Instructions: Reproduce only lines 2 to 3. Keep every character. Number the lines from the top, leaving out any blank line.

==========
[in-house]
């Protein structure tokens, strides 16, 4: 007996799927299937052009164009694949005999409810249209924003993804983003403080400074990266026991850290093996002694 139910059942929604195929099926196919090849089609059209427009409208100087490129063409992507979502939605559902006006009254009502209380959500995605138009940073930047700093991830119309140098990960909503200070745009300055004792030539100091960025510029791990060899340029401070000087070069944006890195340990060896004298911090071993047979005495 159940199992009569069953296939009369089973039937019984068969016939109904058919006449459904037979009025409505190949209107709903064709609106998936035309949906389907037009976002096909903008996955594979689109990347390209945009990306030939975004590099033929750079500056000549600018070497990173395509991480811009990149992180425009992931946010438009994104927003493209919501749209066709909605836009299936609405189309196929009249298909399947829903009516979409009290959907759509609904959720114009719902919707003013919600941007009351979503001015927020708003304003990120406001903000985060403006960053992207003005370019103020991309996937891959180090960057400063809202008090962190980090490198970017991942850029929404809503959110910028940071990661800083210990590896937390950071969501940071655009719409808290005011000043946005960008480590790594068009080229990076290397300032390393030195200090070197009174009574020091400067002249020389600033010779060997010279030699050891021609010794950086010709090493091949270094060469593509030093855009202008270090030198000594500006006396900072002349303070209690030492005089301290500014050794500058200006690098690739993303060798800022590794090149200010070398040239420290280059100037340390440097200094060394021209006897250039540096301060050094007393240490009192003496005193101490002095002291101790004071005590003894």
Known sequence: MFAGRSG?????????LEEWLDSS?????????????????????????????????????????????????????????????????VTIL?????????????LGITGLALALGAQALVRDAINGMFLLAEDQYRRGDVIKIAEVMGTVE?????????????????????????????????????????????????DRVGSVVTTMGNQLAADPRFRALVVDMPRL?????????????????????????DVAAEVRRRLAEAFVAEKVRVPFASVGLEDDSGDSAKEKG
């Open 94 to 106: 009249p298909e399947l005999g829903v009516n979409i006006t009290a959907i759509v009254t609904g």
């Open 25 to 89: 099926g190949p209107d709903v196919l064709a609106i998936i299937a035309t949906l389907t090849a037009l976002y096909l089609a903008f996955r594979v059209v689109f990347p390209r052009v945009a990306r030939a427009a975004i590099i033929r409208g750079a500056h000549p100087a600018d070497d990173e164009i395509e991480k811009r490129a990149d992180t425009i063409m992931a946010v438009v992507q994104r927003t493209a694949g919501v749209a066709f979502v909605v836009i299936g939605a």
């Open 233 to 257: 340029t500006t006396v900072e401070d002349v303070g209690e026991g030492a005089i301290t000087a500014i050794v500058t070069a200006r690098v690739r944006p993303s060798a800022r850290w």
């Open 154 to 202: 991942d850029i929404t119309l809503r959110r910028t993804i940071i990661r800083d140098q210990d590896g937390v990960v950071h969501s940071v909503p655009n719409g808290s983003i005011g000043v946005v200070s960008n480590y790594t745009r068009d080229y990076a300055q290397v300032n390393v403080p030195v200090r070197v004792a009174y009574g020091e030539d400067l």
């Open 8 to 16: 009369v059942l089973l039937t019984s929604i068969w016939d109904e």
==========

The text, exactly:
């Protein structure tokens, strides 16, 4: 007996799927299937052009164009694949005999409810249209924003993804983003403080400074990266026991850290093996002694 139910059942929604195929099926196919090849089609059209427009409208100087490129063409992507979502939605559902006006009254009502209380959500995605138009940073930047700093991830119309140098990960909503200070745009300055004792030539100091960025510029791990060899340029401070000087070069944006890195340990060896004298911090071993047979005495 159940199992009569069953296939009369089973039937019984068969016939109904058919006449459904037979009025409505190949209107709903064709609106998936035309949906389907037009976002096909903008996955594979689109990347390209945009990306030939975004590099033929750079500056000549600018070497990173395509991480811009990149992180425009992931946010438009994104927003493209919501749209066709909605836009299936609405189309196929009249298909399947829903009516979409009290959907759509609904959720114009719902919707003013919600941007009351979503001015927020708003304003990120406001903000985060403006960053992207003005370019103020991309996937891959180090960057400063809202008090962190980090490198970017991942850029929404809503959110910028940071990661800083210990590896937390950071969501940071655009719409808290005011000043946005960008480590790594068009080229990076290397300032390393030195200090070197009174009574020091400067002249020389600033010779060997010279030699050891021609010794950086010709090493091949270094060469593509030093855009202008270090030198000594500006006396900072002349303070209690030492005089301290500014050794500058200006690098690739993303060798800022590794090149200010070398040239420290280059100037340390440097200094060394021209006897250039540096301060050094007393240490009192003496005193101490002095002291101790004071005590003894």
Known sequence: MFAGRSG?????????LEEWLDSS?????????????????????????????????????????????????????????????????VTIL?????????????LGITGLALALGAQALVRDAINGMFLLAEDQYRRGDVIKIAEVMGTVE?????????????????????????????????????????????????DRVGSVVTTMGNQLAADPRFRALVVDMPRL?????????????????????????DVAAEVRRRLAEAFVAEKVRVPFASVGLEDDSGDSAKEKG